The collected stories encompass a wide variety of narrative styles, from the surrealistic, absurd, and mystical to the down-to-earth and slice-of-life writing. The story settings cover the colonial era up to the present. With stories from Aceh to Papua to as far as the New Zealand coast, Footprints reveals a myriad of complex social issues for the intellectual to examine and contemplate. One common theme is the compassion towards the marginalized and the downtrodden.

Footprints provides rich sources for coursework, in particular for gender and postcolonial studies. It also provides inspiring material for creative writing and translation studies. The book is a must-read resource for all: lecturers, students, writers, translators, humanitarian activists, and public servants.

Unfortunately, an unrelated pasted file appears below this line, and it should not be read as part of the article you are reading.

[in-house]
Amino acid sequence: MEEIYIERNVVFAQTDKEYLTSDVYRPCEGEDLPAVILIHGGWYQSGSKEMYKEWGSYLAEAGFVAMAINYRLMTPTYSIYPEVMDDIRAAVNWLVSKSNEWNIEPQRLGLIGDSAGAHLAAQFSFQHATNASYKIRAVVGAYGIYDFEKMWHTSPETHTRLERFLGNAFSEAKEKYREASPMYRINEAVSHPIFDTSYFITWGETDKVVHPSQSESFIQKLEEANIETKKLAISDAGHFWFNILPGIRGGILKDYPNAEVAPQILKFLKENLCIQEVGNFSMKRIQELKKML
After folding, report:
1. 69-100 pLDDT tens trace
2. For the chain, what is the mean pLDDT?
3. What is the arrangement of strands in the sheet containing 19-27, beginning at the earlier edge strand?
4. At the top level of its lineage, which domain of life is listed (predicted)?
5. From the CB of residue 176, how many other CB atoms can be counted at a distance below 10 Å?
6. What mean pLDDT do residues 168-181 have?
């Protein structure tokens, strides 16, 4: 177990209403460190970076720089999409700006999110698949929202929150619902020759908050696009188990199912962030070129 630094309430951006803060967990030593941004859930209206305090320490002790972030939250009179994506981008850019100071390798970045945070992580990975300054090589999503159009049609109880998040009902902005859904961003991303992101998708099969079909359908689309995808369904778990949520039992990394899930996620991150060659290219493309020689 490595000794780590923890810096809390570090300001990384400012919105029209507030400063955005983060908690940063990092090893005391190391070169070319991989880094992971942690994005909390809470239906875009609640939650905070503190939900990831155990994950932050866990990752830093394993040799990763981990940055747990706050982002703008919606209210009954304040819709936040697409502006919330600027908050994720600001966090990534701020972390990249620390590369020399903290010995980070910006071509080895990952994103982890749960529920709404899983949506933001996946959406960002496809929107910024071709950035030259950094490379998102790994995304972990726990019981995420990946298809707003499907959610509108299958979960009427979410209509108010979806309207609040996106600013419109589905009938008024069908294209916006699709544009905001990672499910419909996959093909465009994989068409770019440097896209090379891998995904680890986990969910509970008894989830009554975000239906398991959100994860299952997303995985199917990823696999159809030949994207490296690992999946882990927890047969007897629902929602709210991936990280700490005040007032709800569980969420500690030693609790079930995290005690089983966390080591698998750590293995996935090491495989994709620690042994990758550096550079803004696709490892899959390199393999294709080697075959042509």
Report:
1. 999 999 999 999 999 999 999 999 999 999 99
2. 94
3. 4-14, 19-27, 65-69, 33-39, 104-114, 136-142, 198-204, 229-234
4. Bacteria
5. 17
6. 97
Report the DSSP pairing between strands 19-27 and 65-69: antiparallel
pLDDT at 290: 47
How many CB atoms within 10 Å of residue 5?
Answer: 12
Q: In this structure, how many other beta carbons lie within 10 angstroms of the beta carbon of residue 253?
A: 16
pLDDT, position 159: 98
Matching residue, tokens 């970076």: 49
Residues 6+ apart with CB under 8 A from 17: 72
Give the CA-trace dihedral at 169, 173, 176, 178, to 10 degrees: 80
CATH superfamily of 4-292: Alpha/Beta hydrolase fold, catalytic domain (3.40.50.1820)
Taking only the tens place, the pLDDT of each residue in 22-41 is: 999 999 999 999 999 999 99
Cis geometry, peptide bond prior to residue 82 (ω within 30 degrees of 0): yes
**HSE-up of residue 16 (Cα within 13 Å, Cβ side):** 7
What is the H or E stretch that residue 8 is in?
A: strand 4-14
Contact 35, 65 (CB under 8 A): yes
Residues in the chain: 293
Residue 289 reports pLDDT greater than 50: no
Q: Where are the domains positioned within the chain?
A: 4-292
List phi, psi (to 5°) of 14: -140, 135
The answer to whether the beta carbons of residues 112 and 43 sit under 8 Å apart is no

E. Aminudin Aziz, Head of Badan Pengembangan dan Pembinaan Bahasa Kemendikbudristek :

Footprints / Tapak Tilas, a bilingual compilation of short stories published by Dalang Publishing, provides its English-speaking readers with a clear picture of Indonesia’s people and culture through easy-to-read yet thought-provoking prose. Equally important is that because the original stories and their translations are featured side-by-side, the book is also a valuable teaching tool of both the Indonesian and English languages. Aside from the aforementioned qualities, Footprints / Tapak Tilas can be recommended as a bilingual reference book, not only because of its rich cultural content, but also because the publication has maintained the integrity of both languages.